Throughout the second half of the twentieth century, most Americans felt themselves to be part of a grand historical myth whose central theme was the triumph of liberal democracy over the forces of bigotry and repression.
The period of greatest faith in this myth fell between about 1950 and 1965, when it seemed indisputable that the most important events of the past fifty years had all involved the flowering of democratic institutions and the demonstration of their economic and military superiority over fascism and communism. Those events fitted neatly into a single coherent narrative, which in hindsight might even be taken as inevitable, and there was no apparent reason why this theme of democratic progress should not extend indefinitely far into the future.
Although nearly everyone in America agreed on the same basic story, there was certainly room for differences in interpretation. Liberals were more interested in rights, conservatives in freedoms. Left-wingers tended to take the New Deal as their model and emphasize the need for further reforms, such as ending segregation, rooting out political corruption, or attacking the blight of poverty. Right-wingers were more inclined to look back to World War II and dream of a victory over communism as final and definitive as the earlier victory over fascism. But such disagreements were mainly a matter of emphasis, and the country was more united than it has been at any time since.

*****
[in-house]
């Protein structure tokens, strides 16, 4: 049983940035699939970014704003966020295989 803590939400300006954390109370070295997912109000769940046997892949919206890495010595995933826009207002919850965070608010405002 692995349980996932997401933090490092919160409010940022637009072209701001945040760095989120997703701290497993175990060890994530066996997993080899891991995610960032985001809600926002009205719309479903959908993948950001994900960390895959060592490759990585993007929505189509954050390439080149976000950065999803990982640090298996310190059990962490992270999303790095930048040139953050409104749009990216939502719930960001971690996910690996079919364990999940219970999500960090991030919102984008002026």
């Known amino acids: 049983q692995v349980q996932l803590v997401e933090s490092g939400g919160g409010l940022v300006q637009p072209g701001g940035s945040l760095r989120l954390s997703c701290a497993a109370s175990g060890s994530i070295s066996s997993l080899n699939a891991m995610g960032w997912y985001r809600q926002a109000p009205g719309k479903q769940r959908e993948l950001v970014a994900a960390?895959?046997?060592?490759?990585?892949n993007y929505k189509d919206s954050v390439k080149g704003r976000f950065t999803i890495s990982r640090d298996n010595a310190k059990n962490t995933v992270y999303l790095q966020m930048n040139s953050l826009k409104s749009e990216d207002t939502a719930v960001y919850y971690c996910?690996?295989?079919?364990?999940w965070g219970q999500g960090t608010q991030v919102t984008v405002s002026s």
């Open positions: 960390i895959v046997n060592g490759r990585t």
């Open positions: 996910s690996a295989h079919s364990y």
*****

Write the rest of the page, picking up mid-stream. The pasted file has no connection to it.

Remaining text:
However, even during the 1950-65 period there were anomalies, disturbing episodes which didn't fit smoothly into the consensus narrative. The McCarthyite witch-hunts were one such. There were also recurring doubts about American foreign policy, which never seemed to be as fully committed to democracy as America's view of itself suggested it ought to be. And then there was the shock of the Kennedy assassination, which raised the spectre that the most fundamental of democratic processes -- the popular election of a president -- could be nullified in an instant by a small and secretive cabal of disrupters. If the Warren Commission pressed the lone nut theory as hard as it did, it may have been more to preserve the public's faith in democracy than for any darker reasons.
In any case, the myth did manage to hold firm for a few more years. It powered Lyndon Johnson's civil rights legislation and war on poverty. But a rapid succession of events after 1965 -- the escalation of the Vietnam War, the government's attempts through programs like Cointelpro to spy on and repress its own people, the abuses of the Nixon administration -- would strain Americans' faith in the myth of liberal democracy almost to the breaking point.
The resulting period of disillusionment and alienation was simultaneously terrifying and exhilarating, offering a hope of new possibilities even as it destroyed old verities. By the time the Watergate scandal started to unwind, it seemed possible that the entire society might be ready to wake up and start the work of building a real democracy in place of the mere facade of democracy we had formerly known.
But that never happened. Nixon resigned and was immediately pardoned, the country congratulated itself on how well the system had worked, and everybody went back to sleep -- or out disco dancing, which was much the same thing.
Ultimately, Watergate has to be considered a failure of the democratic dream every bit as acute as the Kennedy assassination. In both cases, the fate of our nation was determined largely by covert forces arm-wrestling for control behind the scenes, and the people had no real say in the matter. And despite some promising reforms, like the Freedom of Information Act, the anti-democratic elements which Nixon had represented were regrouping and establishing new areas of influence within just a few years.